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What emotions will such run-of-the-mill, downright salesy phrases instill in you?
None, right? A tinge of annoyance perhaps? An urge to flick by without a second glance? Or may haps, a second glance to delete them?
This is because they are so clichéd. They are so proliferate across the internet that our brain has become hardwired to overlook them completely, like they don’t exist. Aimed to drive traffic to your website or even make some sales, we – the consumers – normally filter them out by labeling them as spam in our emails. Unless you’re planning to hold people captive at gun point, and coax them into buying from you, people won’t even bother to open your email, let alone react to it. And even if they do, accidentally, they won’t bother to click your calls-to-action (CTAs), unless it is standing out and triggers a familiar emotion.
So, here is the catch. Today, I will be sharing some tips on how you can create compelling CTAs for your emails? (with examples) of course. It is the right time to break the silence and draw some eyes to your emails, enticing them to consider doing business with you.
But before I start rambling about how good I am, let me differentiate a website CTA from an email call-to-action. Firstly…. The CTA in your email is confined by a limited space to leave an impact. Every word that you write in your email becomes your CTA. So, there is no chance of getting sidetracked.
Akin to a blog post, you can start your email with a stimulating question, or a recent exhilarating experience that you have had; something to keep them riveted and hooked to read more. This condition is valid as long as it encourages the user to take action. In a blog post, there is enough room to tell a story and engage your user, before going in for the actual kill with your call-to-action. On the other hand, in an email, you need to do everything fast. You need to engage the users with visual cues or GIFs which are potent enough to drive the users into action.
Since CTAs are not part of the SERPS, there is no keyword stuffing required for them. The attention of your user will be limited, so you need to design emails in such a way as to maximize the reading time that you can have with your users.
Do not treat CTAs as a simple button or a sentence that appears at the end of your email. A sign of a good CTA is that it starts with the email subject line and follows all the way until the end. There is this misconception among people that a CTA is something that drives people to take action.
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It is not as simple as it sounds.
Your button is just a part of a CTA. Your Email has to make up their minds, complete the funnel until the very end. So, the question you should be asking is “How to create a great email call-to-action?”
There are three elements of penning down a powerful Email CTA.
Define your goal
“Perhaps when we find ourselves wanting everything, it is because we are dangerously close to wanting nothing.” ~Sylvia Plath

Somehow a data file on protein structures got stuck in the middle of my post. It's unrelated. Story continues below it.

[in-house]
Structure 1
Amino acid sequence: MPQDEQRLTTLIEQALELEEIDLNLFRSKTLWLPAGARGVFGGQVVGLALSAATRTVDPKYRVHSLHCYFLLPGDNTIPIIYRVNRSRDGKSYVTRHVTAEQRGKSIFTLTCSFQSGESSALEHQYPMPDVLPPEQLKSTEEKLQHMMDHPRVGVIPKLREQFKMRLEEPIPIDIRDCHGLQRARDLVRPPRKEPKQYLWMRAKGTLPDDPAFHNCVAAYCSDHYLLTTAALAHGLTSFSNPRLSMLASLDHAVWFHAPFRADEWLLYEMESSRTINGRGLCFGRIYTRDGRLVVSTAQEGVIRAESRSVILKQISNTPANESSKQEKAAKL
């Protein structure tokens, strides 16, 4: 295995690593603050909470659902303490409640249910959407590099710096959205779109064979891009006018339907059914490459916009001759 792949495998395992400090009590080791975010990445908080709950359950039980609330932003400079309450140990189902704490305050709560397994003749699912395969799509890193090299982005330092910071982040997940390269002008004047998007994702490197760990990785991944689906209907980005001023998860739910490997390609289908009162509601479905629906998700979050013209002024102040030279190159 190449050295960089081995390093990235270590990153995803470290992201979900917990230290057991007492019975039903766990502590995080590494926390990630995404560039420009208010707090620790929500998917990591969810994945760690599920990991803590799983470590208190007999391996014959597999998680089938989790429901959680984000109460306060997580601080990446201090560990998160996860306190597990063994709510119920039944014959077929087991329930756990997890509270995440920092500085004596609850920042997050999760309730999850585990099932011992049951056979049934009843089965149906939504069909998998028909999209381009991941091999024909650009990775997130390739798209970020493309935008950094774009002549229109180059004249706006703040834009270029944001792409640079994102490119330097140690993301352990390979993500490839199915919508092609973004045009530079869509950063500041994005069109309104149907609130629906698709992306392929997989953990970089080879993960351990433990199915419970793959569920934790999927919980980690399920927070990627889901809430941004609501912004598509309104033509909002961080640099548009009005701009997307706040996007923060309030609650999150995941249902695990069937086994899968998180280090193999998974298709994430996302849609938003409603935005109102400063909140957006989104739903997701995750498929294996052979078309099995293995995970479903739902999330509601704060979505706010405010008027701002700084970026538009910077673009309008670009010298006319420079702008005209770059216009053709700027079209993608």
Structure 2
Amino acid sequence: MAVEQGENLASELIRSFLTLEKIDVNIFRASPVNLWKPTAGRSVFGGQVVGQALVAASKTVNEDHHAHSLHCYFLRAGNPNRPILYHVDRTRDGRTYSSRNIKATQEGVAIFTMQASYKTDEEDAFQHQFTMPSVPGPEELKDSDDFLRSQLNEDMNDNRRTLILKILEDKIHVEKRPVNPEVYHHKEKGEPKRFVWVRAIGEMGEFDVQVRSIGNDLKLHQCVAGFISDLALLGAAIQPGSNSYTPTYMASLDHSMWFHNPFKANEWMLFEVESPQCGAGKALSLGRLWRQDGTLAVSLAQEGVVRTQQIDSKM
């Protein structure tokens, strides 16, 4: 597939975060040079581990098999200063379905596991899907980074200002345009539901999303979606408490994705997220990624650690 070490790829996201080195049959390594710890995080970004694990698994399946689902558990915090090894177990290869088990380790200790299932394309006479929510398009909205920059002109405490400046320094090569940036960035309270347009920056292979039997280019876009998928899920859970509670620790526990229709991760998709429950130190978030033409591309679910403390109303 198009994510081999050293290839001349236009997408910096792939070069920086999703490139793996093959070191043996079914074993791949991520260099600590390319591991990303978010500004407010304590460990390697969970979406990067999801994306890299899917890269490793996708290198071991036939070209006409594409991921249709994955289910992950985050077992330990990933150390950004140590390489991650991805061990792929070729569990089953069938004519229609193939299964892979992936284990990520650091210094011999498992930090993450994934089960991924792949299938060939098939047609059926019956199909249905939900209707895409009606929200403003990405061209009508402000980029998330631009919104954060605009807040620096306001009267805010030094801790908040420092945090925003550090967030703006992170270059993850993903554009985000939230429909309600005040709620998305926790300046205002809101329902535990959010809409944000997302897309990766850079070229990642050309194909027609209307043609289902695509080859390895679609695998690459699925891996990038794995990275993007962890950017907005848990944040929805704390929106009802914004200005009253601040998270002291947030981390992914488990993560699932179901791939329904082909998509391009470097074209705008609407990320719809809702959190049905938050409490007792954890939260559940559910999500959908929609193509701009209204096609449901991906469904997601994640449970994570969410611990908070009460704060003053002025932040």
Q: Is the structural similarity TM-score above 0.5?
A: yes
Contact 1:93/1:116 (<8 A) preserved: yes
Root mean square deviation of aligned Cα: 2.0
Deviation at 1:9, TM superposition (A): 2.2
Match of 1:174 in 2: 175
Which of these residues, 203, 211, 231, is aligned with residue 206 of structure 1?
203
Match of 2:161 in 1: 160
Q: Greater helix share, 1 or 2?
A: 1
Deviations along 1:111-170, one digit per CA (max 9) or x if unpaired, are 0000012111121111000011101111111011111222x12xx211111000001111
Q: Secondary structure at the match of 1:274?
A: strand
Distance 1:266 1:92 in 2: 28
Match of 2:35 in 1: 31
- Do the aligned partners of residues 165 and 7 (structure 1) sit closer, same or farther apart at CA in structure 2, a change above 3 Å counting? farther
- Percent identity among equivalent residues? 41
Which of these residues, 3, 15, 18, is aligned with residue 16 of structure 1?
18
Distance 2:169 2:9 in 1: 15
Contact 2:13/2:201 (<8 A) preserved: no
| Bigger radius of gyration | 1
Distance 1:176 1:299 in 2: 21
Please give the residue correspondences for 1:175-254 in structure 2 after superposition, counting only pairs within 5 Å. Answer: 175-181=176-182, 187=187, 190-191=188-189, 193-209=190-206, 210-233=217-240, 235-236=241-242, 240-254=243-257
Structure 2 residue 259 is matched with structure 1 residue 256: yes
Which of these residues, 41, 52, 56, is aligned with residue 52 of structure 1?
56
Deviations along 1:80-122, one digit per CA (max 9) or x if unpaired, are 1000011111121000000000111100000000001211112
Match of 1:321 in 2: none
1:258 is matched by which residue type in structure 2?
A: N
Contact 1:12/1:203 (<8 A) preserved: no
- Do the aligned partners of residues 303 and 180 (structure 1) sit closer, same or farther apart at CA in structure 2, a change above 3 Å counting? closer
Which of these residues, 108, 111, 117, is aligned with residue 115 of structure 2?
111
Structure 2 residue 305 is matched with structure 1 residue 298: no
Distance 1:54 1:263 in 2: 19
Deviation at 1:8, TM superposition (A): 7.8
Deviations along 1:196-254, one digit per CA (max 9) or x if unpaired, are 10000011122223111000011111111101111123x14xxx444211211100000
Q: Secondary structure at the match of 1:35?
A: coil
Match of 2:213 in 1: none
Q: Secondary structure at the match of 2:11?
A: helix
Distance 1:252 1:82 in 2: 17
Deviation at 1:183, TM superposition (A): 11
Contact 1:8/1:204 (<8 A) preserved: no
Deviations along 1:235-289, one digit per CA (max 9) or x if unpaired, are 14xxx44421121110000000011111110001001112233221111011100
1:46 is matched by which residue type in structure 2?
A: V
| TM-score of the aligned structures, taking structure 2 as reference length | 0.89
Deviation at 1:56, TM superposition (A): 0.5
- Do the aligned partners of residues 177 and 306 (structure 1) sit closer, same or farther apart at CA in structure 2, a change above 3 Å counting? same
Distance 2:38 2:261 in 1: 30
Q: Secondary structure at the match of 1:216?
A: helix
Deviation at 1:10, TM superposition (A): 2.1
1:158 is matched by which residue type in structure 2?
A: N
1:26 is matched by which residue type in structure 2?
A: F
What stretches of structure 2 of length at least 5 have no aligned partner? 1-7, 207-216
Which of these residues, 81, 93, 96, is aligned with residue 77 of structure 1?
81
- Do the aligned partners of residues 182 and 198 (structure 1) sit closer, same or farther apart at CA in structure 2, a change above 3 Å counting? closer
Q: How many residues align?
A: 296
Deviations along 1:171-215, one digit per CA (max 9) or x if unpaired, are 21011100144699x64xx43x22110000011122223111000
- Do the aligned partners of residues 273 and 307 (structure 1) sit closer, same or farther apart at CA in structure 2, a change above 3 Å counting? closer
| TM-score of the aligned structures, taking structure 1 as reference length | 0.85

If you don’t know where you want to go, the destination won’t matter. But, when it comes to designing persuasive emails, you need to start with keeping the end in mind.
What is the one thing that you want your users to do?
Do you want to welcome the new users?
Do you want to re-engage your existing users?
Just before you brainstorm the content of your email, you need to define the goal that you’re willing to achieve with your email.
Here is a great example:
As you can see, the goal of the email is to sell. One tagline. Some features, and simple call-to-action button. That is all that it takes to succeed!
Write the copy
“No tears in the writer, no tears in the reader. No surprise in the writer, no surprise in the reader.” ~Robert Frost
If your writing is not absorbing the user, what is the point of creating a boring copy that drones on and on, without actually making an impact? The goal of your CTA is to compel the user to take action. If you want to convert the users, you need to start with a killer value proposition.
And as per Dale Carnegie, “The only way on earth to influence other people is to talk about what they want and show them how to get it.”
With every CTA, you need to trigger some emotion among your users. They need to feel something and take action on your email. This doesn’t mean that you need to pepper a deluge of CTAs throughout the email. Use CTAs when you want to trigger some emotions in your user or make them ponder.
Design your CTA
Once the copy of your CTA is completed, you need to start designing your email. This means that you need to design an email which can ring well with your CTA. You need to keep the theme of the email consistent throughout the email. Be it your links, buttons, or even your products, you need to design everything centering on your bottom-line CTA.
Here, you need to consider the “skim readers”. These readers don’t really go through the email, they just riffle through until they find a working link from where they can take action. If they like what you’re selling or they think that you’re fulfilling some need, they will go to your landing page and go straight for the purchase. No frills attached!
Let’s just end the debate on a Happy note!
Writing CTAs for your email is tough, but not impossible. You must keep your CTAs creative, succinct, and unique. Steer clear of generic phrases that users will be bound to ignore. By following the tactics mentioned in this email, you might be able to come-up with some creative CTAs for your email.
If you know some, feel free to share with us in the comment section below.